A foreclosure market report for the first quarter of 2022 shows that New Jersey ranked second in the nation for the number of foreclosures per housing unit (1 in every 792), behind only Illinois (1 in every 791). The report, compiled by ATTOM Data Solutions, showed that one in every 1,795 housing units were under foreclosure nationally. New Jersey’s rates marked an increase of over 300 percent from the first quarter of 2021.
Residential mortgage foreclosures were substantially limited in 2020 and 2021 due to Covid-19 protections and relief afforded to homeowners through the CARES Act and promulgations from the Consumer Financial Protection Bureau (CFPB). Those protections included a foreclosure moratorium for most residential mortgages, updated mortgage servicing guidelines and a mortgage forbearance program. Additionally, during this period, the CFPB relaxed its supervisory and enforcement activity toward servicers in recognition of the strains associated with the pandemic on the mortgage servicing market.
Many pandemic-related protections expired on January 1, 2022, including the foreclosure moratorium. As a result, it is not surprising that foreclosure filings would increase. In this respect, however, the report notes that national foreclosure rates from the first quarter of 2022 were 57 percent lower than the first quarter of 2020. Accordingly, while there has been a sharp increase in foreclosure filings, the rate is still below pre-Covid levels. Second and third quarter data for foreclosure rates will be informative as to the impact of loss mitigation provisions. Some within the industry speculate that increased housing values and the availability of revised mortgage serving guidelines may keep foreclosure rates from returning to pre-pandemic levels.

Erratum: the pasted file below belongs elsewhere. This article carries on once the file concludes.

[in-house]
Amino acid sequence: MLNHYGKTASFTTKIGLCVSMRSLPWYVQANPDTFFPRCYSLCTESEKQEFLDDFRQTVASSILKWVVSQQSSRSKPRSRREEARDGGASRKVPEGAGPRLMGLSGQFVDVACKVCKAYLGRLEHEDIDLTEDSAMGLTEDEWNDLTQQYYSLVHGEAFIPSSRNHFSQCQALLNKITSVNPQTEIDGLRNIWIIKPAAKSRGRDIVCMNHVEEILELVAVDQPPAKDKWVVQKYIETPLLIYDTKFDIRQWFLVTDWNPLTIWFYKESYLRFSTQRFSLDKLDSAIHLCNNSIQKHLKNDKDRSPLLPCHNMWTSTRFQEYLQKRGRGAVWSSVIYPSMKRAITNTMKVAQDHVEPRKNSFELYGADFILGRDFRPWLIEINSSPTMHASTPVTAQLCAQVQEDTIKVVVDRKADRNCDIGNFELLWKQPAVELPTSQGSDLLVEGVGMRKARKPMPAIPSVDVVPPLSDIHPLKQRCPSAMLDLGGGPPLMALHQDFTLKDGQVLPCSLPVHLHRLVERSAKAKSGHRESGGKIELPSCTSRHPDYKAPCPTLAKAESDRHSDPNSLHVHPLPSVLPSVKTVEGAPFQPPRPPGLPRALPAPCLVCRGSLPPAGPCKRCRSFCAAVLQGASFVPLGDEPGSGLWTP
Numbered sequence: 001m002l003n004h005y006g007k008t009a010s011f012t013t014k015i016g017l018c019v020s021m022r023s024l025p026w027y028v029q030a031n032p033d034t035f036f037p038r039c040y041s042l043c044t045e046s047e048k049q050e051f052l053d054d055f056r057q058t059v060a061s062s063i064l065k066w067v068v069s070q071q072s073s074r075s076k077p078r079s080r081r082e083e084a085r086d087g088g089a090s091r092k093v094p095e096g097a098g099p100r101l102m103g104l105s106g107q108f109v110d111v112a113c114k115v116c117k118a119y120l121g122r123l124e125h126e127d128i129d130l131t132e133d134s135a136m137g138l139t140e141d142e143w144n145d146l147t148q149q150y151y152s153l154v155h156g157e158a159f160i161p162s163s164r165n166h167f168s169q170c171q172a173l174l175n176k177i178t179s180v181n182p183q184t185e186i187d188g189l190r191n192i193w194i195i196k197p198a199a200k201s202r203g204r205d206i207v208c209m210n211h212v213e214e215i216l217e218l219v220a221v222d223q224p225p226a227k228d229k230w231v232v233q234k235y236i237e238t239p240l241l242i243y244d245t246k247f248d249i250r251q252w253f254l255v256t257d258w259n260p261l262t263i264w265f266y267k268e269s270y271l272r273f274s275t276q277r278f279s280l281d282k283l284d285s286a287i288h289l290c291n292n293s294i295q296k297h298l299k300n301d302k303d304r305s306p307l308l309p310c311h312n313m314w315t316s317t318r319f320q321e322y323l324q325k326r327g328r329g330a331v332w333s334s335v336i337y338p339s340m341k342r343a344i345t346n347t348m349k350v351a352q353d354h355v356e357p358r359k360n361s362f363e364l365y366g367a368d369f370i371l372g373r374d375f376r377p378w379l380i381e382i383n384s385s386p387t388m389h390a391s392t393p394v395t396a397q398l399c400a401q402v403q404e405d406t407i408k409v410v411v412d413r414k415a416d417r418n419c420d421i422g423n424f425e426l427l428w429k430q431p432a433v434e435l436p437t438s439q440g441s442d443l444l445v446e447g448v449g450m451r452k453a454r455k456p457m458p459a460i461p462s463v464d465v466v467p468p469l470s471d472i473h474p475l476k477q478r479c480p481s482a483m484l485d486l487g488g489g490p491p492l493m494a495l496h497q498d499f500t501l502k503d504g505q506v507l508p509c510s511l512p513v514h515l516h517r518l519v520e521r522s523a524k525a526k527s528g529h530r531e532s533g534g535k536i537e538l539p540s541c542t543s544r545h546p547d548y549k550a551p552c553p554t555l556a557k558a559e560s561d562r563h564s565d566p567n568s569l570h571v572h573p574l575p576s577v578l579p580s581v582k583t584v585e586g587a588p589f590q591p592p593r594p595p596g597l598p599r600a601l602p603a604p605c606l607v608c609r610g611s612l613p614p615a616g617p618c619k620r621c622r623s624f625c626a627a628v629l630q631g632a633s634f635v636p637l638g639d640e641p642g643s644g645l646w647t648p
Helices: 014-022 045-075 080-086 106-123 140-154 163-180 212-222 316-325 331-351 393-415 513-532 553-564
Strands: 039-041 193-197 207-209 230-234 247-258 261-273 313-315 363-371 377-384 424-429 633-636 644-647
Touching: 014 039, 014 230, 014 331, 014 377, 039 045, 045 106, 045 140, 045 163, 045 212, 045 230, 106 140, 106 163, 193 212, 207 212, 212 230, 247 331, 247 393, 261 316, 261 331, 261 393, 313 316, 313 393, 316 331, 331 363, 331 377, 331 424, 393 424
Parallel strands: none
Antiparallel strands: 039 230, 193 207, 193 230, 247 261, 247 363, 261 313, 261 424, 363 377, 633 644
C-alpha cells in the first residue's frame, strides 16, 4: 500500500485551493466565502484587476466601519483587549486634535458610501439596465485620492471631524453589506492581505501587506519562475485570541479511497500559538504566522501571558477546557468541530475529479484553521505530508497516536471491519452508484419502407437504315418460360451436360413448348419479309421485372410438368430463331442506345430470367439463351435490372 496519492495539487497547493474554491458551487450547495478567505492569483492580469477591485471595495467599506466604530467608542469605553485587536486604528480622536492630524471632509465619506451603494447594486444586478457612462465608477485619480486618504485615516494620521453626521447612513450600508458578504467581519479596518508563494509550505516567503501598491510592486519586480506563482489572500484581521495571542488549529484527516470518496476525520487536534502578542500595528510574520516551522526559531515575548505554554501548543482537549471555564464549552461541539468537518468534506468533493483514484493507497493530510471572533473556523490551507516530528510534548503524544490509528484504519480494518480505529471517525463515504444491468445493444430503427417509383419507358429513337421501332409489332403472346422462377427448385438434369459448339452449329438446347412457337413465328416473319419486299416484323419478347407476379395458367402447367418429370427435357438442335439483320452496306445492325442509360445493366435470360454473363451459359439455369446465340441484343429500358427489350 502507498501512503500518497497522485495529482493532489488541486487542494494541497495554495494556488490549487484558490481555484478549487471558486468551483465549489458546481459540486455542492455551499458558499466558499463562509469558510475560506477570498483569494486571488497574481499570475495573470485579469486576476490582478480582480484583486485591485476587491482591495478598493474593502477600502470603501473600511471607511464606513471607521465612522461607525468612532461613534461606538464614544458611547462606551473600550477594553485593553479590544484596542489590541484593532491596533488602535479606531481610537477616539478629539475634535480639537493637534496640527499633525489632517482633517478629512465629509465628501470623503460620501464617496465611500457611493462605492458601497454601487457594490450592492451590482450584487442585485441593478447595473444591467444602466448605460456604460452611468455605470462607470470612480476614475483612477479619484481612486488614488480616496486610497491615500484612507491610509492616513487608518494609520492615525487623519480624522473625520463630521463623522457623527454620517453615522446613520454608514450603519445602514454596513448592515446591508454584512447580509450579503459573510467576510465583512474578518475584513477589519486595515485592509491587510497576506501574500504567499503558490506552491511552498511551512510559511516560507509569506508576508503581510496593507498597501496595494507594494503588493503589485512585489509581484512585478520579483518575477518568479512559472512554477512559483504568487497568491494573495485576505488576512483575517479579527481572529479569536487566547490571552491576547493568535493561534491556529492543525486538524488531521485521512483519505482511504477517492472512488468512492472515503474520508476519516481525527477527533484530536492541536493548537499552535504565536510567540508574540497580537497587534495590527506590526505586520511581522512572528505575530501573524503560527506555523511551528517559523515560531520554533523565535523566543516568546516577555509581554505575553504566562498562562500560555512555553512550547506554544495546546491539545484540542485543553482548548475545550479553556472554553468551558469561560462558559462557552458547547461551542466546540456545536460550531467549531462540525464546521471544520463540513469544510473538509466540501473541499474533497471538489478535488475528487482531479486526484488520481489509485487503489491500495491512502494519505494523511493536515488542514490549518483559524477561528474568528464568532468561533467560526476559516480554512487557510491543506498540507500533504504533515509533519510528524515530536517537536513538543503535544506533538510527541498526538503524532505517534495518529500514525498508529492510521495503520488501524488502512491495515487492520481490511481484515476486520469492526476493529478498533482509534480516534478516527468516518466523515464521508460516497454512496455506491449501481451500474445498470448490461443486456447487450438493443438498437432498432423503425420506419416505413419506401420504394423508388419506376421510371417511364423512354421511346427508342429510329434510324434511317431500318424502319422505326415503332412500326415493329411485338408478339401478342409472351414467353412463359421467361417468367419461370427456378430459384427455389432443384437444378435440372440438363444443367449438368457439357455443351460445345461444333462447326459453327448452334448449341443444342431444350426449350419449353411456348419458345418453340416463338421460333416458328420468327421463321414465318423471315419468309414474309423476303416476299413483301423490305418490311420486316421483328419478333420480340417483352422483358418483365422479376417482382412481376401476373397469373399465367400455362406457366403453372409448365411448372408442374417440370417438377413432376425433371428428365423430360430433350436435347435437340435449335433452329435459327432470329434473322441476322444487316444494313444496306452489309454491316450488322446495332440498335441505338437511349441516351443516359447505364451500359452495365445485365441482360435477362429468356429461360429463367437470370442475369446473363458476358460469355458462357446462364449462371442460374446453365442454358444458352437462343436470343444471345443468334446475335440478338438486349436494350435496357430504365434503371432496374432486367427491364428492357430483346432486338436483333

Several developments within the consumer financial services field may contribute to increased consumer claims associated with mortgage servicing and foreclosure. First, the aforementioned pandemic-related protections may give rise to new claims under the Real Estate Settlement Procedures Act (RESPA). Those provisions relaxed loan modification guidelines but expired on January 1, 2022. Further, in November 2021, the CFPB warned that it would no longer relax compliance requirements and regulatory activity in the mortgage-servicing field. Second, on November 30, 2021, the CFPB implemented Regulation F, which amends and interprets various regulations imposed through the Fair Debt Collection Practices Act (FDCPA). Mortgage servicers that began servicing mortgages already in default and attorneys handling foreclosure claims will need to balance increased volume while assuring compliance with new the requirements of Regulation F.
A link to the ATTOM Foreclosure Report is available here.